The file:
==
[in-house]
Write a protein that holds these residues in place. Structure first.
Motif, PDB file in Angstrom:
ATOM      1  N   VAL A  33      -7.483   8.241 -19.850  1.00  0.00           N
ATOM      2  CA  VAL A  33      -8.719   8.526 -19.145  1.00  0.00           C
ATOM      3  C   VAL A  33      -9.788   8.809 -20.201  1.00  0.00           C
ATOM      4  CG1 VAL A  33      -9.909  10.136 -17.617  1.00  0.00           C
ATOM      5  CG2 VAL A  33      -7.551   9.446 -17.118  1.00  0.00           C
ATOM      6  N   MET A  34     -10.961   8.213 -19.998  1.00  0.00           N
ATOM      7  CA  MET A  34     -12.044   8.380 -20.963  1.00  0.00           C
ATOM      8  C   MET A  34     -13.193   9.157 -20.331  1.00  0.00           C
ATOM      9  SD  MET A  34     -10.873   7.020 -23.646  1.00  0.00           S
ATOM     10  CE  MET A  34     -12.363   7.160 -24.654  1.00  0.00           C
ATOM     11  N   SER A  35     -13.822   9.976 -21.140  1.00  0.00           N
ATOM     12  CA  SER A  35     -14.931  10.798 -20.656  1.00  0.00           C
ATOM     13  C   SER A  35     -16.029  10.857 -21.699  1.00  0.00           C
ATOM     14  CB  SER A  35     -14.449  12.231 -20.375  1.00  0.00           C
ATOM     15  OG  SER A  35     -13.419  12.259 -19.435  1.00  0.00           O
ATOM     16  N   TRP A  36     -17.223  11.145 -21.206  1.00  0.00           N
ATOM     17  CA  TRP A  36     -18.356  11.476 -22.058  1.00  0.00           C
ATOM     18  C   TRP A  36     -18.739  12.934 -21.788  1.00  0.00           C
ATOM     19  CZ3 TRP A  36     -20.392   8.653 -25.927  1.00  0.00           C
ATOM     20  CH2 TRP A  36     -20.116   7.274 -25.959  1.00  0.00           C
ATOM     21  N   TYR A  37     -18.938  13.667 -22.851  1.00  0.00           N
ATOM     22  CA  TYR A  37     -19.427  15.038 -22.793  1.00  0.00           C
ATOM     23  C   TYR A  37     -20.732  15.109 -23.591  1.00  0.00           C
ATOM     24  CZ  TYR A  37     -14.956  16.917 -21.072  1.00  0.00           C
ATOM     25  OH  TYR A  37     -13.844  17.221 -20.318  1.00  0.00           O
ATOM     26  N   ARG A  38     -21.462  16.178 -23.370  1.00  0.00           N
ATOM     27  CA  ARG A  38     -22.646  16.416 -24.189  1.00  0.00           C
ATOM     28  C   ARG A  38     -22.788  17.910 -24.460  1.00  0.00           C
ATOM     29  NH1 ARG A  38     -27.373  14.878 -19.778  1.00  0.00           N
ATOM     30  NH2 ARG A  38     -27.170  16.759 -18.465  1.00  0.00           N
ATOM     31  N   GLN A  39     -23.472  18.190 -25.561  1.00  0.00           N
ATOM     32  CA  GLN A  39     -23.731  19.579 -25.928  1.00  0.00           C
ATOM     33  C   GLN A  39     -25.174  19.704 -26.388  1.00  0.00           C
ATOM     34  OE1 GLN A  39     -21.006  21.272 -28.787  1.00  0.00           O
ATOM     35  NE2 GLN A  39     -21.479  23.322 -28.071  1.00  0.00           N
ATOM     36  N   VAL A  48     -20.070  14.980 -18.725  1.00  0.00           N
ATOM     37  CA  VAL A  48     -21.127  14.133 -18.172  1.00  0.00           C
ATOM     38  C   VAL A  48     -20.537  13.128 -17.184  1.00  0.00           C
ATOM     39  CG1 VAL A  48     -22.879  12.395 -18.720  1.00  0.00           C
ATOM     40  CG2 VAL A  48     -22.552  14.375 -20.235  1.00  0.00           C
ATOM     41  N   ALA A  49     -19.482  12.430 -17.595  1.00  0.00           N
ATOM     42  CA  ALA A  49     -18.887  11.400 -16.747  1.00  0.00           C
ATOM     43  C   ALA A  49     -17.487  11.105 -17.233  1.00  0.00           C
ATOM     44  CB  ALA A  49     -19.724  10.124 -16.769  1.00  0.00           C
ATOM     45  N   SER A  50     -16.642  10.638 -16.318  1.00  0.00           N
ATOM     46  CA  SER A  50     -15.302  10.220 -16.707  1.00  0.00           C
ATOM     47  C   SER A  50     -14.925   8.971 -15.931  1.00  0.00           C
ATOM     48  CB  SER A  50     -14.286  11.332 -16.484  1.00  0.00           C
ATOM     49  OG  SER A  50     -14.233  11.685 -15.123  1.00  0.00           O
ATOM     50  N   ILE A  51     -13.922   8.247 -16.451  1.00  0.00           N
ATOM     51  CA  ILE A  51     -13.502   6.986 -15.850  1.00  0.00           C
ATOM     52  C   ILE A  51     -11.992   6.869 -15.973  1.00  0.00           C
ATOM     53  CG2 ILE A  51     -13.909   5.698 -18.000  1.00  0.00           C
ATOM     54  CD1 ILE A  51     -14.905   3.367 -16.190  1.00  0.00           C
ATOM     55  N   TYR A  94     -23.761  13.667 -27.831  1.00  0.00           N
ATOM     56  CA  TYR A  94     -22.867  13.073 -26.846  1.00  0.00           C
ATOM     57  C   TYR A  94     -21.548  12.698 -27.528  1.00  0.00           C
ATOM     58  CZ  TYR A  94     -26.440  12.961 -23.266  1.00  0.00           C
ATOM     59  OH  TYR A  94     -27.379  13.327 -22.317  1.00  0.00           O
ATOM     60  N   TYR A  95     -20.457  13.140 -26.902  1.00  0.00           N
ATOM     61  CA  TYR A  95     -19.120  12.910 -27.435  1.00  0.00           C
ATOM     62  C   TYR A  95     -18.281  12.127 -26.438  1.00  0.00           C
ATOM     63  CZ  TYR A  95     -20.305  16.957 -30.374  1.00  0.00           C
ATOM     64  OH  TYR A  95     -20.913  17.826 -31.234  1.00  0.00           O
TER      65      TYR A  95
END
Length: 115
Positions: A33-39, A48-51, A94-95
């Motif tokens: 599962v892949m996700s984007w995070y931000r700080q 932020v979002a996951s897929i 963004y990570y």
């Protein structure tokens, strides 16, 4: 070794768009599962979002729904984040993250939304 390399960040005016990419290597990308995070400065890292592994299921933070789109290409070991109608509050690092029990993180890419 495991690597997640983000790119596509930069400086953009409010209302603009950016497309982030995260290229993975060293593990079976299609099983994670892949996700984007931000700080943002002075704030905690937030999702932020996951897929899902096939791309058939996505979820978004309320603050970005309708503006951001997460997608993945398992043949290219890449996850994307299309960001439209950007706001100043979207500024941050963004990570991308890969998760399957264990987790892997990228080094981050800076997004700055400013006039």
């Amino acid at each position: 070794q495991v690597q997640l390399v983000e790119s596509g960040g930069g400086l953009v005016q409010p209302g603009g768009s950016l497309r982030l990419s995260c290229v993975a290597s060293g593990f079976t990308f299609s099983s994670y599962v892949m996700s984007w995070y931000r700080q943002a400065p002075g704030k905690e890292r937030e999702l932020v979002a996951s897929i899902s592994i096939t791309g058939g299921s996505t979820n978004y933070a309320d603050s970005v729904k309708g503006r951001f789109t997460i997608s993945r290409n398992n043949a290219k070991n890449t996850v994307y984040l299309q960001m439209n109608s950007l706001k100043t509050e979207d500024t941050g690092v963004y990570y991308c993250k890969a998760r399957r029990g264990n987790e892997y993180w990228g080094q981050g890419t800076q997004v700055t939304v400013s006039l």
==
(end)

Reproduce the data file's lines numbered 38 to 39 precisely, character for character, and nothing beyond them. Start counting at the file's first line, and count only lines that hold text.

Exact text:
ATOM     35  NE2 GLN A  39     -21.479  23.322 -28.071  1.00  0.00           N
ATOM     36  N   VAL A  48     -20.070  14.980 -18.725  1.00  0.00           N